1911 Encyclopaedia Britannica, “Thermometry” and “Meteorology”

Ambient Weather
“Fischer Instruments 115.01 115-01 Laboratory Grade Outdoor Thermometer with Human Hair Hygrometer”

Belfort, http://belfortinstrument.com/accuracy-human-hair-hygrometer/

Bentley, Handbook of Temperature Measurement (Horrigan, Chap. 5, Liquid-Expansion Thermometers)

Bentley, The Growth of Instrumental Meteorology, 31: 173 (1905).

Burt, The Weather Observers Handbook (2012).

Chang, “The Myth of the Boiling Point” (2007)

Facts about Non-Mercury Thermometers

Fluke, Platinum Resistance Thermometers (PRT)

Lavenuta, “Negative Temperature Coefficient Thermistors Part I: Characteristics, Materials, and Configurations”, Sensors Online (May 1, 1997)

Lemieux, Resistance versus Temperature in a Nichrome Wire (2014)
(an 11th grade science project!)

Middleton, A History of the Thermometer and Its Uses in Meteorology (1966)

Middleton, Meteorological Instruments (3d. Rev. ed. 1960).

Vogel, Glass Chemistry (2012).

Harrison, Meteorological Measurements and Instrumentation ().
JMA, Chapter 3, Measurement of Humidity

Magin, “Transition Temperatures of the Hydrates of Na2SO4, Na2HPO4 and KF as Fixed Points in Biomedical Thermometry, J. Res. Nat. Bur. Standards, 86(2):181 (Mar-Apr 1981).

Mills, The Chemical Weather Glass: Composition and Operation, Weather 63(6): 161-2 (2008).

MINCO, Resistance Thermometry

Moore, Building Scientific Apparatus (2009).

[NWSCSOM], National Weather Service, Cooperation Station Observations and Maintenance, NWS Manual 10-1315 (April 7, 2014).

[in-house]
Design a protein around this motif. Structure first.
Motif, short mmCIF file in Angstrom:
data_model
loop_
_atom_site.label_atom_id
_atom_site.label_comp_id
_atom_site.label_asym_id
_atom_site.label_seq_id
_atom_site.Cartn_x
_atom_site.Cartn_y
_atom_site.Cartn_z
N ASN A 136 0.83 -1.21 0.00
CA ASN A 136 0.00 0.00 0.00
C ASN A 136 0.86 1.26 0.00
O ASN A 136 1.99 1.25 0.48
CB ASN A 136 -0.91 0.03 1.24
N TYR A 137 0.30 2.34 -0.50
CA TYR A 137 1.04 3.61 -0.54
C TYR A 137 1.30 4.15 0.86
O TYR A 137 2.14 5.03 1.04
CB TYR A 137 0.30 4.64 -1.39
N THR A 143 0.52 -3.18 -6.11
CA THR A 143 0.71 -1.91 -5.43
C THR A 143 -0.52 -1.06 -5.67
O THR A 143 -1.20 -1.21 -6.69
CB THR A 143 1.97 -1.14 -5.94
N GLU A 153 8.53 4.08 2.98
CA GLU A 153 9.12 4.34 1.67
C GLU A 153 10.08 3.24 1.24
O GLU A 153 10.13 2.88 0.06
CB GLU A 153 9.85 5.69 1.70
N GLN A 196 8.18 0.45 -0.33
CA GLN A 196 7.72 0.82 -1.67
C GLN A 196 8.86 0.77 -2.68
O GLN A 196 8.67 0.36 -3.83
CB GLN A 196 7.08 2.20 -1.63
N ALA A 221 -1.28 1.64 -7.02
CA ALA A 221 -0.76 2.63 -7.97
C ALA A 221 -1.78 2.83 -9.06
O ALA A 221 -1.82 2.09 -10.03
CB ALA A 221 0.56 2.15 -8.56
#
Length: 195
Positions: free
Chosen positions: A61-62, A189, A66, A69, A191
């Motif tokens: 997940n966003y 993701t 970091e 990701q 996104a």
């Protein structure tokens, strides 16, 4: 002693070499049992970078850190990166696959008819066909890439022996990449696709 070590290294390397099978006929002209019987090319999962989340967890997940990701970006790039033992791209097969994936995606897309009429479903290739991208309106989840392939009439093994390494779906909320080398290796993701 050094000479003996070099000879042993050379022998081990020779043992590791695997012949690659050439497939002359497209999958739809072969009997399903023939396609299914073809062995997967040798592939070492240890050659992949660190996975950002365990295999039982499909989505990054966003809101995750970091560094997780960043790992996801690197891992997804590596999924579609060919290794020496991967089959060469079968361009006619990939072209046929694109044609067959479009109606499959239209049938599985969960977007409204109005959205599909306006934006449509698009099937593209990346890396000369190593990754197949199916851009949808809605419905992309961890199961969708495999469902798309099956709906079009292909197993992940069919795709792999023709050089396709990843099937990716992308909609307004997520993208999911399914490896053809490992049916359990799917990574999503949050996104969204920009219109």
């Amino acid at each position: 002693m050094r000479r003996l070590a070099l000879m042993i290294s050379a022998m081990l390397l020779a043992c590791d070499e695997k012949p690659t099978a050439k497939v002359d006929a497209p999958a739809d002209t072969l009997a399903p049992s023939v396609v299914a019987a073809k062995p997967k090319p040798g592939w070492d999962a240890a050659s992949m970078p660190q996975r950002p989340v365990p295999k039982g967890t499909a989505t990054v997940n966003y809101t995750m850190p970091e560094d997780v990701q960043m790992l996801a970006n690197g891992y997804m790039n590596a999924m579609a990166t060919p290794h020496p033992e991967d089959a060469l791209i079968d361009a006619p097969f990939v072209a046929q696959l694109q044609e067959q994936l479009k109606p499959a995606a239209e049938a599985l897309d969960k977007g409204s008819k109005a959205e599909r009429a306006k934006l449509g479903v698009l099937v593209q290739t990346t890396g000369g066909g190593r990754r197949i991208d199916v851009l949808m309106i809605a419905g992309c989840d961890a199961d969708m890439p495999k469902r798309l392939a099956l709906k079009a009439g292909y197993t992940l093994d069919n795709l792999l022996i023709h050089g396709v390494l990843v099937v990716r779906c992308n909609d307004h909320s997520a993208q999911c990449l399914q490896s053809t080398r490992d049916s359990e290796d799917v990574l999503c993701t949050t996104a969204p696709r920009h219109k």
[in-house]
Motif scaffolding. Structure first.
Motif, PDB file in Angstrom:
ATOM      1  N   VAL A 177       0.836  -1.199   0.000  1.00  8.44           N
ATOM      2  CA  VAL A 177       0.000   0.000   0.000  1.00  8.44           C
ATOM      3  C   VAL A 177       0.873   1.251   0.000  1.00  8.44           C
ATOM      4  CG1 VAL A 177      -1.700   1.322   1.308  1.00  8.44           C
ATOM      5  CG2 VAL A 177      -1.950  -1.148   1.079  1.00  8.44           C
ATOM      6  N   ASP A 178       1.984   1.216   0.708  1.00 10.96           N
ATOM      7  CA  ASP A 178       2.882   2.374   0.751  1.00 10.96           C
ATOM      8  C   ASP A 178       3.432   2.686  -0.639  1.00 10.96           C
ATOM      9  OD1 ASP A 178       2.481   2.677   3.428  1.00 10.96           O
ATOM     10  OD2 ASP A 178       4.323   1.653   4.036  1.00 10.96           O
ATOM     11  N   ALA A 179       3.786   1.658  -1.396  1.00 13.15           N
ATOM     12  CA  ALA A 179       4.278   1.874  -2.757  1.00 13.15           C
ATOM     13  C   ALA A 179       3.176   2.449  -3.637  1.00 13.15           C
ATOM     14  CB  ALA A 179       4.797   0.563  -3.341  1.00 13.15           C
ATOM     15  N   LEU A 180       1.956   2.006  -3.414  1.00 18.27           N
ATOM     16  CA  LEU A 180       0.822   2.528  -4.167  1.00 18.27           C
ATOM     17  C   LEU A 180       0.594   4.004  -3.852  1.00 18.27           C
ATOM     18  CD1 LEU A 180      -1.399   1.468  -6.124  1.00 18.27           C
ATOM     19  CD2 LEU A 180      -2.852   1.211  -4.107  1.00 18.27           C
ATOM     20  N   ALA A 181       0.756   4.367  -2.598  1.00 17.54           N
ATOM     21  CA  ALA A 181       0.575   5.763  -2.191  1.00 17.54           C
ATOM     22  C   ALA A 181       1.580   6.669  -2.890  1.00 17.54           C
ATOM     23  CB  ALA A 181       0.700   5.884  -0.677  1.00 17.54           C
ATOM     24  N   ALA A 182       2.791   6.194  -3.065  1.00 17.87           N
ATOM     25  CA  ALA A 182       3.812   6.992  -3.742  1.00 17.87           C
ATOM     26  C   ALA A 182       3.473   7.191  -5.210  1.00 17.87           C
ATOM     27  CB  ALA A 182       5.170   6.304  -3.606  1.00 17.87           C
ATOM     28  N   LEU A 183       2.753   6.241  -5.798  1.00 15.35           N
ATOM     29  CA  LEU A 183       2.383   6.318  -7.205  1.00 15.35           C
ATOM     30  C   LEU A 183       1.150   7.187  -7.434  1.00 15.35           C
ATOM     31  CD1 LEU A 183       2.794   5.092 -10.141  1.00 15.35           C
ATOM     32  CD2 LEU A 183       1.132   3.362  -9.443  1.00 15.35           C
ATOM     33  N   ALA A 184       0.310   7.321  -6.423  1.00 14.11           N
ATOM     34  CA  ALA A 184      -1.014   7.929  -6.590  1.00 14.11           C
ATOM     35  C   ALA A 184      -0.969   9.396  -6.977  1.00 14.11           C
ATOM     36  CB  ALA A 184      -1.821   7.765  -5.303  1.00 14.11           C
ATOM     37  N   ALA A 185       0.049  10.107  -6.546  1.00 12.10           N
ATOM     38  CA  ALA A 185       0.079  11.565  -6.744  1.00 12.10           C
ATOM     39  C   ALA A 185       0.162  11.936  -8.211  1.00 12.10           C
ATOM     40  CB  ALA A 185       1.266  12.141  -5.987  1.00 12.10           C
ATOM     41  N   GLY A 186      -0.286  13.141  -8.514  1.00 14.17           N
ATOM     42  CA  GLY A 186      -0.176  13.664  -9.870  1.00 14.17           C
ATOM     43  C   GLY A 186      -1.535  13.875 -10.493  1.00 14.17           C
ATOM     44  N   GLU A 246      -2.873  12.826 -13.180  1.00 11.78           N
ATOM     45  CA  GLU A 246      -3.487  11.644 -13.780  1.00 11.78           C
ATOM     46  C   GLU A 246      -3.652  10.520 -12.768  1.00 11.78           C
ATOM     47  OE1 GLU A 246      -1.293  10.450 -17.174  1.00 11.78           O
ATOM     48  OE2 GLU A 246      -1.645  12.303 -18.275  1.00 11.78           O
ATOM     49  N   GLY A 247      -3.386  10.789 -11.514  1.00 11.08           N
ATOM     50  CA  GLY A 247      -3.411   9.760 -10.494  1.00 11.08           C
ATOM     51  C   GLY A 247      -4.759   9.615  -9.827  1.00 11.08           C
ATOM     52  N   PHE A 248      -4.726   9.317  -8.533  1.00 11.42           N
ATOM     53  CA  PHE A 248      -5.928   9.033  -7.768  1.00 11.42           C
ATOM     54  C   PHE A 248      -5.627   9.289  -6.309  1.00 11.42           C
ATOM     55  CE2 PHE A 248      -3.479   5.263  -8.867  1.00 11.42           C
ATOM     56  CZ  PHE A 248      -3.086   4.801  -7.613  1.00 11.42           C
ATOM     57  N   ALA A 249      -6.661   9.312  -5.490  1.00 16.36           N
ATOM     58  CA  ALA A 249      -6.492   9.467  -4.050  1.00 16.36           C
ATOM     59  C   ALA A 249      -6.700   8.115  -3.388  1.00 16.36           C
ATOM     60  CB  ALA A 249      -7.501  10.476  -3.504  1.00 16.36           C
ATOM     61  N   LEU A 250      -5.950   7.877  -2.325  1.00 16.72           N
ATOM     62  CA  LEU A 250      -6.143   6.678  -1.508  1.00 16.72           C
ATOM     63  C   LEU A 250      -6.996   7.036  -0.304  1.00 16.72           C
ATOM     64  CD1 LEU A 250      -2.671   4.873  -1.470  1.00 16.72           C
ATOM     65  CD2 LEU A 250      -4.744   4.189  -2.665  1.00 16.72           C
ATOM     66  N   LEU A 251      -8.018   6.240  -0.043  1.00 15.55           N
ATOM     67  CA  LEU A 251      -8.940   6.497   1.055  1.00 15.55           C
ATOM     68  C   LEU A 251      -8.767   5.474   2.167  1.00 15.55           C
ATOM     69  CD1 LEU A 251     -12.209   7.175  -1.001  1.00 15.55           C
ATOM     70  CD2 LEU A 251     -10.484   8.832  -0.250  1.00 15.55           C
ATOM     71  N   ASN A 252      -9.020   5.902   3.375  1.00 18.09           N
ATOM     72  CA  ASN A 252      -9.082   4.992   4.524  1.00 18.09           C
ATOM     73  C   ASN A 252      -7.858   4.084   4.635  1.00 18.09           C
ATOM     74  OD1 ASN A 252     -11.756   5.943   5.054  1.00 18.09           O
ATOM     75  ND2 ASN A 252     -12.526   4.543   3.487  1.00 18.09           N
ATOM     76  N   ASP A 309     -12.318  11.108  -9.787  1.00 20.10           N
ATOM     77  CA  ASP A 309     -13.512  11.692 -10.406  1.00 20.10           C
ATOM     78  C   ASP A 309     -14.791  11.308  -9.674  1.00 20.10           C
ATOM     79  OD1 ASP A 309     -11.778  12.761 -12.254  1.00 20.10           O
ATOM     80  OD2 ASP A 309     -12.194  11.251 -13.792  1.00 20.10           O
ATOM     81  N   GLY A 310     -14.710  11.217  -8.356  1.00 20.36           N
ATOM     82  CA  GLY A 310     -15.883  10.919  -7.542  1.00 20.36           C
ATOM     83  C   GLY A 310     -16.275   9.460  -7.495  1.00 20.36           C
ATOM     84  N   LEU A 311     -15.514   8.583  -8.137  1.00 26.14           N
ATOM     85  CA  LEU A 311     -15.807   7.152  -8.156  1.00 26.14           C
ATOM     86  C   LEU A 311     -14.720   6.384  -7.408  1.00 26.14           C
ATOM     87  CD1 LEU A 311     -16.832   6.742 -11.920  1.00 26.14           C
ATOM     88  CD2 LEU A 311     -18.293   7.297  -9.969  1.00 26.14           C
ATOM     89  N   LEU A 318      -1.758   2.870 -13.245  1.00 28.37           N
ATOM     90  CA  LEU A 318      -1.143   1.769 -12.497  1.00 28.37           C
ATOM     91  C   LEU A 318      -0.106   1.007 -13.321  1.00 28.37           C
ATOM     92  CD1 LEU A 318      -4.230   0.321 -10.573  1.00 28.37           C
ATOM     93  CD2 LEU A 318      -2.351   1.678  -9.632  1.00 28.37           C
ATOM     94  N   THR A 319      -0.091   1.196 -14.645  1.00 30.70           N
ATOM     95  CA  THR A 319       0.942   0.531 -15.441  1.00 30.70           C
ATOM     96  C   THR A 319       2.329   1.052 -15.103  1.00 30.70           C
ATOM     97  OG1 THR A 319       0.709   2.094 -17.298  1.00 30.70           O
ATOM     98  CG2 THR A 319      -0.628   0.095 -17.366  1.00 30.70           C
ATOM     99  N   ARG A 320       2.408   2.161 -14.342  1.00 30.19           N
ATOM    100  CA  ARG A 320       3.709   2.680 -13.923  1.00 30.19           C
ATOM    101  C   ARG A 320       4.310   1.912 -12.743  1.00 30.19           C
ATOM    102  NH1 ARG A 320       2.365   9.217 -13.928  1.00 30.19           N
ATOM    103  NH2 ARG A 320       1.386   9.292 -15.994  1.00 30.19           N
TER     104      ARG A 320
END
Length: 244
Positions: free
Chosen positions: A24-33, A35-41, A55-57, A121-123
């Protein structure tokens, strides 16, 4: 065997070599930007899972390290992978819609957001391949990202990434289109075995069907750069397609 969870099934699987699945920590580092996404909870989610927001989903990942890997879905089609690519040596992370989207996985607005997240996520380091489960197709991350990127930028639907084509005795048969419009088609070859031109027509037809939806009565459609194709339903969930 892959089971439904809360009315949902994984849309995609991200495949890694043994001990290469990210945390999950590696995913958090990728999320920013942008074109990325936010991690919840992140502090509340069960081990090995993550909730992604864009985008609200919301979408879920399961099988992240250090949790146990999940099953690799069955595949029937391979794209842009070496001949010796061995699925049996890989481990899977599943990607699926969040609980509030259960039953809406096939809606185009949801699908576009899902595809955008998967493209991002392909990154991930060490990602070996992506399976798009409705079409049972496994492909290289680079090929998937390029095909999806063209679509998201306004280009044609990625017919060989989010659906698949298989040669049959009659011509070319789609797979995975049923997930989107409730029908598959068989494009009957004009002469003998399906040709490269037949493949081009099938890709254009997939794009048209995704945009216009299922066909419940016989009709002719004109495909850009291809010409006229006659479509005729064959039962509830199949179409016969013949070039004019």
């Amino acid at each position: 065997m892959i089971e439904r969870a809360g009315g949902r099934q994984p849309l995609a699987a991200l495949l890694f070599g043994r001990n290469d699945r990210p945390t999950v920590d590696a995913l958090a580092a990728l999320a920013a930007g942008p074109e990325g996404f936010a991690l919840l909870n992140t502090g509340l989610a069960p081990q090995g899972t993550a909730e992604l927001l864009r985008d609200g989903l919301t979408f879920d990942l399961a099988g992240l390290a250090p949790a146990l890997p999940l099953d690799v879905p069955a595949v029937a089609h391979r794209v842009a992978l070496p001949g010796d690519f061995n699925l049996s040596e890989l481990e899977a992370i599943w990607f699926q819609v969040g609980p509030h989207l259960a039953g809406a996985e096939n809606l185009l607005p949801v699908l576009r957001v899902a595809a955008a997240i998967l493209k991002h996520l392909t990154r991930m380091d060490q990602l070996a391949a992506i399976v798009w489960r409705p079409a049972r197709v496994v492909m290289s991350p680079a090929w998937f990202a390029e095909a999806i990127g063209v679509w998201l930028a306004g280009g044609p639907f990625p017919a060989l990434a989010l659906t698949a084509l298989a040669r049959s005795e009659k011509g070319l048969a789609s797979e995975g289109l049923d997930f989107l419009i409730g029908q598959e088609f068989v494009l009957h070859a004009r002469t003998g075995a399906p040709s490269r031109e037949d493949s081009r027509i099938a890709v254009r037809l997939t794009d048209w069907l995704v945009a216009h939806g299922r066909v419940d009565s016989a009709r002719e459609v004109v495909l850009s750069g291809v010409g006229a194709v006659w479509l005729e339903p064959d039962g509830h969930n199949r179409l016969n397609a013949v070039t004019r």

[NWSRS], National Weather Service, Requirements and Standards for NWS Climate Observations, NWS Instruction 10-1302 (Nov. 14, 2014).

Patranabis, Principles of Industrial Instrumentation, 2e (2001).

Price, “The Platinum Resistance Thermometer,” Platinum Metals Rev., 3(3):78-87 (1959).

Richards, “The Transition Temperatures of Sodium Chromate as Convenient Fixed Points in Thermometry.” Proc. Amer. Acad. Arts & Sci. (USA), 47: 171 (July 1, 1911).

Ripple, Selection of Alternatives to Liquid-in-Glass Thermometers, J. ASTM Intl 2, JAI3404 (2005).

Robens, Balances: Instruments, Manufacturers, History (2013).

Schwartz, “Mythbuster: Does 10 Inches of Snow Equal 1 Inch of Rain?”

Srivastava, Surface Meteorological Instruments and Measurement Practices (2009).

Strangeways, A History of Rain Gauges, Weather, 65(5): 132 (May 2010).

Thermoworks, Basic Thermometry Concepts: Accuracy

Trowbridge, The Use of the Hair Hygrometer, Sciences, New Series, 4(81): 62-65 (Jul. 17, 1896).

Wiederhold, Water Vapor Measurement: Methods and Instrumentation

Zuidervaart, An Eighteenth-Century Medical-Meteorological Society in the Netherlands: An Investigation of Early Organization, Instrumentation and Quantification. Part 2, British Journal for the History of Science, Vol. 39, No. 1 (Mar., 2006), pp. 49-66 .


Bibliography, part 2


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Choon, Development of Low Wind Speed Anemometer, Int. J. Adv. Sci. Eng’g Info. Technol., 2(3): 39-42 (2012).

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Notes for parts 3 and 4